Celebratory gunfire erupted near Hariri's headquarters in Beirut and jubilant supporters took to the streets of several cities as the results started filtering out from the election, whose outcome is being closely watched by Lebanon's neighbours and the international community.
Police and soldiers were out in force in sensitive areas for fear of fighting between rivals in a war-scarred country that remains deeply divided along sectarian lines.
Analysts said the winning factions would have to work with their rivals to form a government and ensure the nation is not plunged into a new cycle of political instability and violence.
Hasan Fadlallah of Hezbollah refused to acknowledge defeat for the Iranian- and Syrian-backed alliance -- whose emergence as a possible victor in the election had caused jitters in the West.
"What matters to us now is that Lebanon turns a new page, one based on partnership, cooperation and understanding," he told AFP. "No party can claim to have won the majority among all communities."
Official results are expected to be known later on Monday.
Voters turned out in force for what was considered one of Lebanon's most crucial elections. Preliminary estimates put turnout at more than 54 percent of the 3.2 million electorate, the highest since at least the end of the 1975-91 civil war.
Analysts had predicted that just a handful of seats were likely to separate the rival blocs in the battle for control of parliament.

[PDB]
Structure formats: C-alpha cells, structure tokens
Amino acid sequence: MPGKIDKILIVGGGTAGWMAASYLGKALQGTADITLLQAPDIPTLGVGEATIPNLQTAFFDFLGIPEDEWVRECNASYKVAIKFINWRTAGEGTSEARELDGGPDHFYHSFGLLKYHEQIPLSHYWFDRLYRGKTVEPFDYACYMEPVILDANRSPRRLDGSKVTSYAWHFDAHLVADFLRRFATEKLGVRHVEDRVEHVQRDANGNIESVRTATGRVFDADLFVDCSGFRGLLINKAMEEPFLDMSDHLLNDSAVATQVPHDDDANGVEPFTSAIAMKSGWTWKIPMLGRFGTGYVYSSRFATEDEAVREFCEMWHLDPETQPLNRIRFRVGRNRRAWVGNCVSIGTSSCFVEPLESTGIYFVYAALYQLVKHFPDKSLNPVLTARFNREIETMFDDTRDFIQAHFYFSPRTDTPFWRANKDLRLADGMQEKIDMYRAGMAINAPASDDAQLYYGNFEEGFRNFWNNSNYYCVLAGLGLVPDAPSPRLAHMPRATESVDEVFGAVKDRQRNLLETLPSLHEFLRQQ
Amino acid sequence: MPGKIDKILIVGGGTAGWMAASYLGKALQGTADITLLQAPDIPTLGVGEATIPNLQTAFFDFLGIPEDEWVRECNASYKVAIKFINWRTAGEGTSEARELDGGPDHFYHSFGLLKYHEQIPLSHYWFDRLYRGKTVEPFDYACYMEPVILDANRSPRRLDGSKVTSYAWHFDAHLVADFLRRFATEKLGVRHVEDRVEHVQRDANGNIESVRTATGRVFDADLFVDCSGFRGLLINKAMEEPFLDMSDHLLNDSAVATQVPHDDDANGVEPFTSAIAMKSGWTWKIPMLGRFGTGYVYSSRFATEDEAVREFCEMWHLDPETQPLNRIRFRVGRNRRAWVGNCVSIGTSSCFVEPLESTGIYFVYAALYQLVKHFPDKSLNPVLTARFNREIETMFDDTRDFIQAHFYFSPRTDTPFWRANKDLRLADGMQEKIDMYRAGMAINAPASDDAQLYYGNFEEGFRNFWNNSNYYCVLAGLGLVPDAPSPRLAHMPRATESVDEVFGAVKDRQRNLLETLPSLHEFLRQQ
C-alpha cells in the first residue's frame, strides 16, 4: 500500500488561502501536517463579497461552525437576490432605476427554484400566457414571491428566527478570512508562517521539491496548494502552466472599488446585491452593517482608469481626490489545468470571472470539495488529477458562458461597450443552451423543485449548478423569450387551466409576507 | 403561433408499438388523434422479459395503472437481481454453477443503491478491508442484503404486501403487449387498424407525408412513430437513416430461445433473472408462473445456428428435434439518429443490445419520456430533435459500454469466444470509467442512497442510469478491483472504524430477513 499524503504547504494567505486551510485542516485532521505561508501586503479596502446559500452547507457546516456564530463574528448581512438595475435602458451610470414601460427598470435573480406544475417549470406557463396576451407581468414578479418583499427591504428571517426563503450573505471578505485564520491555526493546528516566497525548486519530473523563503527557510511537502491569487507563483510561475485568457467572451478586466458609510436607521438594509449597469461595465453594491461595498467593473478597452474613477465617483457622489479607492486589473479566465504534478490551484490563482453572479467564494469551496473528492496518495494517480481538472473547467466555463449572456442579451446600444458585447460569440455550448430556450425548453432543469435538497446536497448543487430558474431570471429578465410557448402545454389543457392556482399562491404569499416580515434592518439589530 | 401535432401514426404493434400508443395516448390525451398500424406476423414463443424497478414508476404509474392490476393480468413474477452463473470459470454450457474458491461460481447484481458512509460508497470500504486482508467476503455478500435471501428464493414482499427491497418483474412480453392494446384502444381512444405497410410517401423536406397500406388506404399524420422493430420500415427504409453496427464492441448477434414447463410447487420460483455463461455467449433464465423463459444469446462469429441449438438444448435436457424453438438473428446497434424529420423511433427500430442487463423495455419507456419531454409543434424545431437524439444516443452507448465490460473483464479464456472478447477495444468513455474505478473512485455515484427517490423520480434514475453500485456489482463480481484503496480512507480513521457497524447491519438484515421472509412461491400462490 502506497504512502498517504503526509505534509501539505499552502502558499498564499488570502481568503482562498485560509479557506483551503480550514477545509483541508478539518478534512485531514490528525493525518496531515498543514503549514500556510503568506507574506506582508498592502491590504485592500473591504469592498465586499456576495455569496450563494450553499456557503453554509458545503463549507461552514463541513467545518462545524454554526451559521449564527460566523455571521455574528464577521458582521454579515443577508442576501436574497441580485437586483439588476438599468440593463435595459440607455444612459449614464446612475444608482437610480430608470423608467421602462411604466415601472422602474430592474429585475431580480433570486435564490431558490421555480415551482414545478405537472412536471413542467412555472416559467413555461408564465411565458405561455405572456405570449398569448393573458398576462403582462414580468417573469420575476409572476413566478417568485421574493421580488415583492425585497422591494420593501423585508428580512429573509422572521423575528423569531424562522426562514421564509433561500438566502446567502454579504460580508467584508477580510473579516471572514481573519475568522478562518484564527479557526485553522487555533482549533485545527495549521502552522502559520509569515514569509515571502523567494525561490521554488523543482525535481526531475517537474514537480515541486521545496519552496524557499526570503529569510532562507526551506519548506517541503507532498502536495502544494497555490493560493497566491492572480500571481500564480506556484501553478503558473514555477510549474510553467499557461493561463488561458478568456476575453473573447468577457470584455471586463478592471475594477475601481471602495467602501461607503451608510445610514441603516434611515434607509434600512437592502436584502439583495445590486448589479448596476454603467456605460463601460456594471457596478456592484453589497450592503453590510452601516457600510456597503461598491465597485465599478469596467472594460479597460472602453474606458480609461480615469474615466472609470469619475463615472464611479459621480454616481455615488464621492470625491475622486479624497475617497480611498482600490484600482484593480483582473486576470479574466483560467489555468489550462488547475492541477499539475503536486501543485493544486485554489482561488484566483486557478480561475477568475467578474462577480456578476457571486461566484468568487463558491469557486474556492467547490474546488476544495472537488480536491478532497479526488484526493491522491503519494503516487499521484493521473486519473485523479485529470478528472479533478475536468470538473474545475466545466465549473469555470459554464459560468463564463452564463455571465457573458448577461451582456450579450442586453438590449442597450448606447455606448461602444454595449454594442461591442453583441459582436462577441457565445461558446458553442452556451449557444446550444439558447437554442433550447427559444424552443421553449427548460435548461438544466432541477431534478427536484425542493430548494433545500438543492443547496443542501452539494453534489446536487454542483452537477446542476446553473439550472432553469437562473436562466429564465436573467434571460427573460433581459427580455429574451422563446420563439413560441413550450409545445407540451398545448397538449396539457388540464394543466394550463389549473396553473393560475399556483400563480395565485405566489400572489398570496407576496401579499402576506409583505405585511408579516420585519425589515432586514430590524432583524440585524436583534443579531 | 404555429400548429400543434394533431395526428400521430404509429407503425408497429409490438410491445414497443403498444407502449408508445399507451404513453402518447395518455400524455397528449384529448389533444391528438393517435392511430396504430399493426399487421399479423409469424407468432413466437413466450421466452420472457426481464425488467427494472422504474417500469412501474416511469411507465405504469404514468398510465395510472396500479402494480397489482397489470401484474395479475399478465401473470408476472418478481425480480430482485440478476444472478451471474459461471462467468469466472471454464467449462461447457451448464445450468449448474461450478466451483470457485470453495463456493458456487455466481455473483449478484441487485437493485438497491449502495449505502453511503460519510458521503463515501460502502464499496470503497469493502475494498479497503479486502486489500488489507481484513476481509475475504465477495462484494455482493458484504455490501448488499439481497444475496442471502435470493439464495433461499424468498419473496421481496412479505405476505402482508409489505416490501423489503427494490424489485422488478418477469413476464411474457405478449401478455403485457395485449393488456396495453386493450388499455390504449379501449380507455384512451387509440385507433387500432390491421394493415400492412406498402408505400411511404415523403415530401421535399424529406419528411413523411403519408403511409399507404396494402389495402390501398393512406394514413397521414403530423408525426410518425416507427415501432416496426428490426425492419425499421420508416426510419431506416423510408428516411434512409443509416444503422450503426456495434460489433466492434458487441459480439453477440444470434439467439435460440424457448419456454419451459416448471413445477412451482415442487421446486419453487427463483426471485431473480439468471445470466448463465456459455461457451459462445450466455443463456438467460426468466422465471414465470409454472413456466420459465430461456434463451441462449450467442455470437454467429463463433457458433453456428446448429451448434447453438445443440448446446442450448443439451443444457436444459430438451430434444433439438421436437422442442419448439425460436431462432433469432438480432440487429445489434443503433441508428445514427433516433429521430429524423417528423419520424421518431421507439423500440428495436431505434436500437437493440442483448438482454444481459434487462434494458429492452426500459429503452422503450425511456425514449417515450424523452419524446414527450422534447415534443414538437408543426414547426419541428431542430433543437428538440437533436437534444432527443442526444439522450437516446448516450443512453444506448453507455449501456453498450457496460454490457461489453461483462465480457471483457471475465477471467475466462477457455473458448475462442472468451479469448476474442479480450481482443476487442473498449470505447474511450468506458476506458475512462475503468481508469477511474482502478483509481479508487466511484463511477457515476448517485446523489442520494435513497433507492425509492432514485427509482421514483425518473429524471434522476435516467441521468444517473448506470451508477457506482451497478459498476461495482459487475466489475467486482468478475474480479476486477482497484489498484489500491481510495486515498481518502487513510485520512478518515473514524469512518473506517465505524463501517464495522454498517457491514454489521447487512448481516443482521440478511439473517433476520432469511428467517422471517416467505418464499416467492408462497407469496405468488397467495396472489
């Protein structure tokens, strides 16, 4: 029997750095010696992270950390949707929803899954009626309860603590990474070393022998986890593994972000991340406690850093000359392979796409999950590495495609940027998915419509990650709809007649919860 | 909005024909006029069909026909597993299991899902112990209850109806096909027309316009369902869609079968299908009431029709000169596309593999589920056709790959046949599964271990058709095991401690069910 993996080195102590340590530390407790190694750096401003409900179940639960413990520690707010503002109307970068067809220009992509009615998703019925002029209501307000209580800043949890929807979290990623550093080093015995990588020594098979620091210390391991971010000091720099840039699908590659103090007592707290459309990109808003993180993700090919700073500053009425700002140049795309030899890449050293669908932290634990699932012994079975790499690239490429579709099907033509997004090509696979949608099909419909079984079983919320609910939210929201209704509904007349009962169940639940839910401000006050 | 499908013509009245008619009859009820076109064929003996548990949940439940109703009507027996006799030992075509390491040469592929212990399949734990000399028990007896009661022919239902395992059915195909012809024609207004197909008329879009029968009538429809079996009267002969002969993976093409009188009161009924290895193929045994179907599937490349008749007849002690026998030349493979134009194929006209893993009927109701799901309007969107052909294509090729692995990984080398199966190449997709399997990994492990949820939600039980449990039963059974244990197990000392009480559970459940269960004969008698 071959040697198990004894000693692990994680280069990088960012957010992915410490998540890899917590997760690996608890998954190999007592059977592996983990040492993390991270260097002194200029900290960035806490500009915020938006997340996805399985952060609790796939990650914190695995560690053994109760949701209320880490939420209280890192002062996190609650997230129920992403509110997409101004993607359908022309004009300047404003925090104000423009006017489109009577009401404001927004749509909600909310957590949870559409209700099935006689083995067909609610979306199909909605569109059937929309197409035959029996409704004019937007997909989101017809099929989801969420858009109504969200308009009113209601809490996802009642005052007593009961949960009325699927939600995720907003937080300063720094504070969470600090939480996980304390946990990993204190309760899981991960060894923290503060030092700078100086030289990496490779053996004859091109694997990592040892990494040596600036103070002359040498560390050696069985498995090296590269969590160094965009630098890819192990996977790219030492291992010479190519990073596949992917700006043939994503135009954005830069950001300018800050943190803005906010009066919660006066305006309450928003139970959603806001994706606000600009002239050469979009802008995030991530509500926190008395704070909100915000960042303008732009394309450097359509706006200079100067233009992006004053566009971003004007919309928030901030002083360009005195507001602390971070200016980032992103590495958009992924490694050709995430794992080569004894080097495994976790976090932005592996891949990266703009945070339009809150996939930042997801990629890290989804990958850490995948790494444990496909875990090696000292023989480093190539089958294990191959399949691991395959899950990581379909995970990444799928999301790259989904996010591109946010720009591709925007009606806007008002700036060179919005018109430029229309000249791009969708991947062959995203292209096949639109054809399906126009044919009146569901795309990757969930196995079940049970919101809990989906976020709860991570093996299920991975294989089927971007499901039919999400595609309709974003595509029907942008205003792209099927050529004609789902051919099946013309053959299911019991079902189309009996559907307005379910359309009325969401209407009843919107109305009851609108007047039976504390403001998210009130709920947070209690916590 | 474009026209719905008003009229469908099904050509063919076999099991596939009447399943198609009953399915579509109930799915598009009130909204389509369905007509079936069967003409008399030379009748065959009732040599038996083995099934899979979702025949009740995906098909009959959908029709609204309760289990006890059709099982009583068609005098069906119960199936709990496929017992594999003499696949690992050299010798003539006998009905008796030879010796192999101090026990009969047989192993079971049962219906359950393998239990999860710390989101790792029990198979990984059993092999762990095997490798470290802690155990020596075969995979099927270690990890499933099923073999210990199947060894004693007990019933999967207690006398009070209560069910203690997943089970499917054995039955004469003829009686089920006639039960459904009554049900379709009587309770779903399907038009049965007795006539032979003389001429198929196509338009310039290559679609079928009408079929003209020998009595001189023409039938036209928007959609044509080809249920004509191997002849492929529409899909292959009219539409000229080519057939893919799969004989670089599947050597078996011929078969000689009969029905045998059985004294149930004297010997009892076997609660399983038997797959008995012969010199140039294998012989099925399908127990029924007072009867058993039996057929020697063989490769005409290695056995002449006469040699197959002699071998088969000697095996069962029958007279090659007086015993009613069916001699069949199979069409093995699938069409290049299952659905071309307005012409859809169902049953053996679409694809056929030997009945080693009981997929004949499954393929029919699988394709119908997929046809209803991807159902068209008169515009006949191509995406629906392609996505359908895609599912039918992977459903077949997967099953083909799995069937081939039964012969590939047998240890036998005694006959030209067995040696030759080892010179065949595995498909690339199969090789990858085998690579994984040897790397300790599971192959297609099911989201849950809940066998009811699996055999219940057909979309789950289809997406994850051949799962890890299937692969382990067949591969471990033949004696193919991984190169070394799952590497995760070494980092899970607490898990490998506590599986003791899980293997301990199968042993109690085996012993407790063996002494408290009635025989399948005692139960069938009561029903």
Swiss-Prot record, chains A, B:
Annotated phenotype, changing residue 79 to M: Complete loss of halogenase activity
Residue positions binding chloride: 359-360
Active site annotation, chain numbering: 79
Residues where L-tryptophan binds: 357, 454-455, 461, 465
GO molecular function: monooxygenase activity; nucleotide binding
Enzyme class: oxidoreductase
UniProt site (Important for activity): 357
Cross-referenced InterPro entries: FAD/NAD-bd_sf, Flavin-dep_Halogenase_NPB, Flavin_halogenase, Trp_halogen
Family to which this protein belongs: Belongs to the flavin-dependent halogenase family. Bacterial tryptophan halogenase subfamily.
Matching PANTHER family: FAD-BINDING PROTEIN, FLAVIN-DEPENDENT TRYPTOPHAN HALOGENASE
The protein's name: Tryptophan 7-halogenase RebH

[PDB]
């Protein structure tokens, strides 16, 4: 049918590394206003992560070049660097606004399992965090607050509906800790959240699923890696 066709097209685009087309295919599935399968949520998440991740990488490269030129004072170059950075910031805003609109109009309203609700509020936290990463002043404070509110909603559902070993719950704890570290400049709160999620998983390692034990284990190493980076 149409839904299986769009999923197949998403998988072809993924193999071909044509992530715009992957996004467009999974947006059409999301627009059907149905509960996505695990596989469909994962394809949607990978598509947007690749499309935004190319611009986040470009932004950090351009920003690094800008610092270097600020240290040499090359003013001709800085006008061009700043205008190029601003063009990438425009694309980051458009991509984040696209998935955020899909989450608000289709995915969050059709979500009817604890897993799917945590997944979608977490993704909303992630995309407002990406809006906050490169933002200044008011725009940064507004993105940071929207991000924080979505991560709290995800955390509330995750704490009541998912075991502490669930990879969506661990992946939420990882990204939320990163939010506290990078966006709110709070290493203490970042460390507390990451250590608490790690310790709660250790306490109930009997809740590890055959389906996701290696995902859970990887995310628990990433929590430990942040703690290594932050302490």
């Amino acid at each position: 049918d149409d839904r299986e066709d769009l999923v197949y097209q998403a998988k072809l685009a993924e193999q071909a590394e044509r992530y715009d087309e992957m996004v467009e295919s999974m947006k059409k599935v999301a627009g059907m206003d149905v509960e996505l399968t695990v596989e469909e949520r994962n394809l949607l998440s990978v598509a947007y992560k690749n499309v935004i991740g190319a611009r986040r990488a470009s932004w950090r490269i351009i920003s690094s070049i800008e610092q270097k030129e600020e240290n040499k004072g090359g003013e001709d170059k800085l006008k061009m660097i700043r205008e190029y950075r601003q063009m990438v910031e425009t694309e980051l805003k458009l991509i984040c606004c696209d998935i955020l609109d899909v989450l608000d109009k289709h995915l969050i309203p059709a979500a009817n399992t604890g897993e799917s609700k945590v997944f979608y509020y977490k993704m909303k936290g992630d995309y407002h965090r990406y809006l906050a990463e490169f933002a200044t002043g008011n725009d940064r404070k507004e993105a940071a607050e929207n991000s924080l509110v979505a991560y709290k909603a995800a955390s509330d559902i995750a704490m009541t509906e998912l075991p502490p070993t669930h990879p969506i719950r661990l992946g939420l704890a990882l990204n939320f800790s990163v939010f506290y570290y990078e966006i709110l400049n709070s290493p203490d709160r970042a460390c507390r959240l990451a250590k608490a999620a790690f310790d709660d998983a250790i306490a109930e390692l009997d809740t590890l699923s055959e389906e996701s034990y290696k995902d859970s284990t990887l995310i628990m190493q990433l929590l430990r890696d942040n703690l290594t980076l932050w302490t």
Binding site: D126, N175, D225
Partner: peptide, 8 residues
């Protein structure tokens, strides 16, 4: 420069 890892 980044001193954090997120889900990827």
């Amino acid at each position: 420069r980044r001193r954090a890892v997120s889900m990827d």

The International Crisis Group said in a report last week that the vote was likely to revive rather than resolve underlying conflicts and that forming a viable government would "require difficult compromise on all sides."
Under Lebanon's complex power-sharing system, the seats are divided equally between majority Muslims and minority Christians, who make up about a third of the four-million population.
Hezbollah itself fielded just 11 candidates but heads an alliance grouping the Shiite Amal movement and the Free Patriotic Movement, a nationalist party headed by Christian civil war army chief Michel Aoun.
It is expected that the final results will show that Christian vote, which was divided between the rival camps, proved crucial.
Former US president Jimmy Carter, heading a team of international observers, said he hoped Lebanon's political parties and their foreign backers would accept the results.
"We don't have any worries over the conduct of the elections," Carter said. "We have concerns over the acceptance of the results by all the major parties."
During polling day, there were no reports of serious problems, although three people were arrested for using fake identity cards and the army intervened in one city after some voters traded insults and blows.
International observers said most problems seemed to have caused by the high turnout, with some voters complaining of a long wait to cast their ballot.
Israel, which fought a devastating war with Hezbollah guerrillas in 2006, had warned that victory for the Shiite group would pose a danger to the entire region.
The United States also blacklists Hezbollah as a terrorist organisation and had warned that continued military aid to Lebanon would hinge on the vote outcome.
The current Sunni-led majority swept to power in 2005 on a wave of popular anger following the assassination of Rafiq Hariri in a massive Beirut car bombing.
The murder was widely blamed on Syria, which denied any involvement, and the ensuing public outcry led to Damascus withdrawing its troops from Lebanon after a 29-year presence.